The “Two Book” Theory of Knowledge

For those who haven’t read it yet, I encourage you to get your hands on the latest issue of Trinity Review; The White Horse Inn: Nonsense on Tap. Many will read the piece and probably dismiss it as an attack on the White Horse Inn and its executive producer, Shane Rosenthal. Unfortunately those same people will miss the point of the piece which is a refutation on multi-source theories of truth and knowledge. Many Christians, and not just Shane Rosenthal, believe that while the Scriptures are necessary and sufficient for certain truths, they are not a source for all the truths that can be known. Most Christians believe, almost reflexively, that there are many other truths that we learn and know quite apart from those limited to Scripture or even their necessary inferences. While all Christians would agree that the Scriptures are true, most reject the idea that the Scriptures have a monopoly on truth. While all agree that “the heavens declare the glory of God,” most assert and believe there are other sources by which we might come to know the truth quite apart from Scripture.

What interests me about the piece are the objections raised to the long held notion that general revelation is somehow cognitive and that we come to knowledge – even knowledge about God – through sensation and observation. In reaction to the idea that there are “two books” of knowledge, specifically general and special revelation, Dr. Robbins observes:

All defenders of epistemological pluralism play with words. If truth is a property of a proposition, and only a proposition (which it is), then what is the meaning of the statement that “general revelation contains truth”? When Rosenthal looks at the sky, do the stars spell out English sentences for him? Perhaps Greek and Hebrew sentences . . . When Rosenthal examines an oak leaf, does he find there the opening verse of Genesis, like opening a fortune cookie? If not, then Rosenthal is equivocating on the word “truth.”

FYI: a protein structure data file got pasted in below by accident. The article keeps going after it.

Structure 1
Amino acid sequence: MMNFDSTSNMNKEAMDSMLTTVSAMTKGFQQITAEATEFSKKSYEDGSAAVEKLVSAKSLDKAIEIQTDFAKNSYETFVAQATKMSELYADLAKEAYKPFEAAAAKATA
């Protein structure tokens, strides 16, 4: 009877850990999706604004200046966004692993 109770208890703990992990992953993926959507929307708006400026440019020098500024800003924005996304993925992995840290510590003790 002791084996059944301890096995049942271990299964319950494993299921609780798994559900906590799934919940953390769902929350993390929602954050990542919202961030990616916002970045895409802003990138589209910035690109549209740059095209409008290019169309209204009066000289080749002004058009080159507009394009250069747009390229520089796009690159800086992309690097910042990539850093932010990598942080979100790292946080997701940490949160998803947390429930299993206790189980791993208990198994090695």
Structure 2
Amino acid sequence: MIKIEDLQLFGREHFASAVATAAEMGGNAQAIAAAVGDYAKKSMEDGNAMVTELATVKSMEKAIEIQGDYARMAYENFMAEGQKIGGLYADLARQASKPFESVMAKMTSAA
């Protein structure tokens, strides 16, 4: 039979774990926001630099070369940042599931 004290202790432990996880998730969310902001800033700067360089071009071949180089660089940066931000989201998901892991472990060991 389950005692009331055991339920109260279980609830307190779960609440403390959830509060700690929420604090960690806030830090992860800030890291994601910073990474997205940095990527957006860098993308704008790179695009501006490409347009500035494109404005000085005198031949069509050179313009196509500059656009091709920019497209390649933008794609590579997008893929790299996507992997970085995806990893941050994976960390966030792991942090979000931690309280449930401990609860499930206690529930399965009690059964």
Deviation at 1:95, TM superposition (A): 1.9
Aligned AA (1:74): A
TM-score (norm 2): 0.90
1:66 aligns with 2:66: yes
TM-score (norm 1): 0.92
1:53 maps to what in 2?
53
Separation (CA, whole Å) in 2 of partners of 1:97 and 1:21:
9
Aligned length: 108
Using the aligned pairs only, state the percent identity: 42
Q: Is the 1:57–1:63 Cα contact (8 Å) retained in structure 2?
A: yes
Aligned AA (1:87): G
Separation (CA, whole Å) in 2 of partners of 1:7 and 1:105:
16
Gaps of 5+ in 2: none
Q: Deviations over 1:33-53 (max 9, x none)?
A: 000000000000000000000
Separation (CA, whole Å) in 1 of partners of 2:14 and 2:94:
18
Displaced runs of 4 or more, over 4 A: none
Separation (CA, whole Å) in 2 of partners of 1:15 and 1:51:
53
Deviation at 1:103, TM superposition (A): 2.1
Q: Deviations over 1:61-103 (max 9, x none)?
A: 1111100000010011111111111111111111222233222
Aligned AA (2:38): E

Since the literal meaning of “general revelation contains truth” is ludicrous, what does the statement actually mean? It means that natural men, using natural means, can derive truth from nature. How they do this, Rosenthal does not explain. He merely asserts it. And that is what Scripture denies, as we have already seen. All the treasures of wisdom and knowledge are hidden in Christ. They are not open to inspection except by those to whom Christ reveals them. The world through wisdom did not and cannot know God.

If only propositions can be either true or false and Scripture contains only true propositions, since they reveal the mind of God (or, properly, part of God’s mind) who is truth itself and who cannot lie, why is it that Christians routinely insist that knowledge can and is revealed by natural means apart from the special revelation of Scripture? All truth is God’s truth, right? Well, hidden in that question is a more basic epistemological question about how truth might be known apart from those truths God has already revealed in Scripture? Some, of course, argue that God continues to reveal new propositional truths even daily through the ongoing Charismatic gift of prophesy and others deny that truth is even an attribute of propositions at all. While we can leave charismatic utterances and mystic trances aside for now, most prevalent are those who assert that the tools of science reveal other truths not found in Scripture. The belief is that while saving knowledge comes from Scripture, knowledge of nature and creation comes through observation of general revelation. This raises another even more interesting question and a serious problem for those who hold to this two (or more) source theory of truth: How can one arrive at true propositions from observing something which is non-propositional, say, like, observing the heavens? Dr. Robbins further observers: